The Washington political gossip sheet officially called The Hill, but more commonly known as “The Hill Rag,” wanders into the world of OFAC regulations and, no big surprise, gets it wrong. The occasion for the Hill Rag’s regulatory blunder is a blurb on the representation by a DC firm of the government of Sudan in federal court litigation
[The firm] is working for the Republic of the Sudan on “several litigation matters pending before [U.S.] federal courts.” … Because of U.S. sanctions on Sudan, [the firm] must obtain a license from the Treasury Department’s Office of Foreign Assets Control (OFAC) to work on the contract. OFAC approves some activities that would be otherwise prohibited by sanctions, including legal services.
Er, no. Section 538.505 of the Sudanese Sanctions Regulations provides that law firms may provide legal services without a specific license to the Government of Sudan when “made a party to domestic U.S. legal, arbitration, or administrative proceedings.” It also covers suits where Sudan is the plaintiff and which are filed to protect property interests subject to U.S. jurisdiction. These two provisions cover just about any federal court law suit involving Sudan.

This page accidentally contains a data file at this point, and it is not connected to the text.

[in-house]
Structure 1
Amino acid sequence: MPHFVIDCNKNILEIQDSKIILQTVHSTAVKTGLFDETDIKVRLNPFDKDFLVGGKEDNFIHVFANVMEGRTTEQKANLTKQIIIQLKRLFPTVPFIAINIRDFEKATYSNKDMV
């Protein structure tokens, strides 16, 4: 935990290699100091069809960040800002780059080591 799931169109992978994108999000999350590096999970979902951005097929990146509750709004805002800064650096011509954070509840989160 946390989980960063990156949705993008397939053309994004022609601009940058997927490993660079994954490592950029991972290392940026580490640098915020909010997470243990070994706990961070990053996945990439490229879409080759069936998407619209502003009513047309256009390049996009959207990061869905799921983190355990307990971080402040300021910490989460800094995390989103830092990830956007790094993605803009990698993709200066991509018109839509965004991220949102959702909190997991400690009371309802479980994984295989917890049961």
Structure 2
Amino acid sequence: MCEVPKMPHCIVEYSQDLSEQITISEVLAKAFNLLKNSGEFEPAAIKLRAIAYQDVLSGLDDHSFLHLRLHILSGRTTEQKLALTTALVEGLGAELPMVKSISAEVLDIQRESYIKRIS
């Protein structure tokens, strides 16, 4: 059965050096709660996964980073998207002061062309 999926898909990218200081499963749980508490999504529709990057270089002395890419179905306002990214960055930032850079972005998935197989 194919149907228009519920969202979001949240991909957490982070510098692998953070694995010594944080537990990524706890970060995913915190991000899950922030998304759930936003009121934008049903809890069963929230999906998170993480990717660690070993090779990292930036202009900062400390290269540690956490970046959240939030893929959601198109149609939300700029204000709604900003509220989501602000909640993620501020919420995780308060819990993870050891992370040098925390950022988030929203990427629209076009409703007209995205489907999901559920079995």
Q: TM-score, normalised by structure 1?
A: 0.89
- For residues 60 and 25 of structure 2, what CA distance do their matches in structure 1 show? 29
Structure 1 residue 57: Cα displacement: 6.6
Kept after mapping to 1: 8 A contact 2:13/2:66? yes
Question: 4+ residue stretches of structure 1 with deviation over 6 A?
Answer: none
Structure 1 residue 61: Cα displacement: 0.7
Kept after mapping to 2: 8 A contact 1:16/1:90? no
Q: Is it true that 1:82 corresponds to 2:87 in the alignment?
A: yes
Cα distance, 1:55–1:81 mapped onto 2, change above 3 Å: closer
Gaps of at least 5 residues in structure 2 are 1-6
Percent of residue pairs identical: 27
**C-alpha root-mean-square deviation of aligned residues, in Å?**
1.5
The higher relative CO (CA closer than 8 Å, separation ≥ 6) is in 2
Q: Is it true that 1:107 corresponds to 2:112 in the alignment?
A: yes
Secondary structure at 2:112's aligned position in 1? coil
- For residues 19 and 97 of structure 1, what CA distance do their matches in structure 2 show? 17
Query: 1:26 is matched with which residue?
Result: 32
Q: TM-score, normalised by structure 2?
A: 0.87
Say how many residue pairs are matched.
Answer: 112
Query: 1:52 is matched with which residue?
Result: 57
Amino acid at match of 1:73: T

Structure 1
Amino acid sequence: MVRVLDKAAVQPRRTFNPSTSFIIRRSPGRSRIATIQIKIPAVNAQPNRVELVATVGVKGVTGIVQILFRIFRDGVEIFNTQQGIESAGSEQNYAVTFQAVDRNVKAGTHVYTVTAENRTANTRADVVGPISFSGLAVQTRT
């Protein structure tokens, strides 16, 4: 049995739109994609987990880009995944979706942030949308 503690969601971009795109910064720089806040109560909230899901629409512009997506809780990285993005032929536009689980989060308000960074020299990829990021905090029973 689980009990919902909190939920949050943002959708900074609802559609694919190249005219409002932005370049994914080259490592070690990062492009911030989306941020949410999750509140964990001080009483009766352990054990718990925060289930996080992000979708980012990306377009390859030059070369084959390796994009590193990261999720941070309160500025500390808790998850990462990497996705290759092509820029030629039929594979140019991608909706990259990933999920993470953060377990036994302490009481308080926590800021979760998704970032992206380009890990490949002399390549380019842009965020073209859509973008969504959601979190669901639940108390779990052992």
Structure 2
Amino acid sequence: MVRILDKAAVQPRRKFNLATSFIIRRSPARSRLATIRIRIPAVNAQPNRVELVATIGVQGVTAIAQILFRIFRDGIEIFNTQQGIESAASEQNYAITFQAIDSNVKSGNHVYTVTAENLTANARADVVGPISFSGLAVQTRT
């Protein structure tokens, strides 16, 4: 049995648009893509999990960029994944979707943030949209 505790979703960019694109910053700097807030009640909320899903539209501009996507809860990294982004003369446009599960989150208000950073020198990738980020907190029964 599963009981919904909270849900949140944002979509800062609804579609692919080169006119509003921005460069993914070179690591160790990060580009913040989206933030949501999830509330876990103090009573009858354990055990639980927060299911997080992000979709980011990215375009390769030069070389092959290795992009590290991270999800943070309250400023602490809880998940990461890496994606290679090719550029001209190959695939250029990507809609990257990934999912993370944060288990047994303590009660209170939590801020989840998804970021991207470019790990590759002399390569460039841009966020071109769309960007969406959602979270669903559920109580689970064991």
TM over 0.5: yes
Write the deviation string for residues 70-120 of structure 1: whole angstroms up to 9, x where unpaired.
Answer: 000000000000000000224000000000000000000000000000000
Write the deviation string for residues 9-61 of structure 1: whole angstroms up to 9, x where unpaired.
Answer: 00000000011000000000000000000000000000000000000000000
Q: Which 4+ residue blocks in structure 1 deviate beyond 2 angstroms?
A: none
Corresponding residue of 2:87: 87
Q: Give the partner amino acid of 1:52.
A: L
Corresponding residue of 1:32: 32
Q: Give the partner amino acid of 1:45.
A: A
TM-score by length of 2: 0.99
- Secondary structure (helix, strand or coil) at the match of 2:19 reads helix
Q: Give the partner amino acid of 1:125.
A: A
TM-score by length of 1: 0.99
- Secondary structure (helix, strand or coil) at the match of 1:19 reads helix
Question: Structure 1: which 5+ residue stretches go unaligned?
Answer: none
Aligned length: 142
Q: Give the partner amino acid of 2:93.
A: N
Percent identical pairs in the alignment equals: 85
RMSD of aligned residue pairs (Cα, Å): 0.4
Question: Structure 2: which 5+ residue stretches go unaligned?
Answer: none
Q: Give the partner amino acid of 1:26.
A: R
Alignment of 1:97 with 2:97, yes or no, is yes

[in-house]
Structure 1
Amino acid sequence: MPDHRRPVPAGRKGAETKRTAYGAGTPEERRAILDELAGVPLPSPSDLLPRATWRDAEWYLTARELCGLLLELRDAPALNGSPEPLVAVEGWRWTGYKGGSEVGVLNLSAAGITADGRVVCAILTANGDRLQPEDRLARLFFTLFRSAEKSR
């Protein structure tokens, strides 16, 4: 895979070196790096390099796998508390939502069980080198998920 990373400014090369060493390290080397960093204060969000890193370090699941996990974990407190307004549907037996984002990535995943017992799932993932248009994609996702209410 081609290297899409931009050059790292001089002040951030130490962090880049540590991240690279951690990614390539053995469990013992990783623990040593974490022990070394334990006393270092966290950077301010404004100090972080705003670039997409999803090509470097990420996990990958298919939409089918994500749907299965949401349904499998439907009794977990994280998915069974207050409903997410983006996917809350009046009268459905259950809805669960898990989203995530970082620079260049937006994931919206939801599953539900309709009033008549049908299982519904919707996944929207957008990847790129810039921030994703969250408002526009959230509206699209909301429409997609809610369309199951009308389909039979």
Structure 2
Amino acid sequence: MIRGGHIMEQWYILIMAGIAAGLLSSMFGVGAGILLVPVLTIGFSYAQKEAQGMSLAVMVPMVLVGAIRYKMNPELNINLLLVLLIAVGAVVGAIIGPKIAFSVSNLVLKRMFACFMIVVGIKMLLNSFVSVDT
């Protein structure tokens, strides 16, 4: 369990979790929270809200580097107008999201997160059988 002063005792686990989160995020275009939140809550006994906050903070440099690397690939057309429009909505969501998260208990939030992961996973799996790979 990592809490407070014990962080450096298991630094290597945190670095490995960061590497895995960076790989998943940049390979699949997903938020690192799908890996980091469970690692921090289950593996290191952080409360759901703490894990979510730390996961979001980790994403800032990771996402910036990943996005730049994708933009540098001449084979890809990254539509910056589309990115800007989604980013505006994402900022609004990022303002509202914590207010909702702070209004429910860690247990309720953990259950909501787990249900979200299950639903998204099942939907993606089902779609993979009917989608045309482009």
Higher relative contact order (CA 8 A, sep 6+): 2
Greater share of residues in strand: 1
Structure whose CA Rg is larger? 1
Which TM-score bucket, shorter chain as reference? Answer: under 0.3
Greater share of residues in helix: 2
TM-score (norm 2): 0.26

The only thing that requires a specific license in these two instances is the receipt of fees by the law firm for the services provided. But licenses are not required, as The Hill says, for all legal services.
I guess the Hill Rag reporters could not find anybody in DC who could talk to them about OFAC or show them how to use The Google.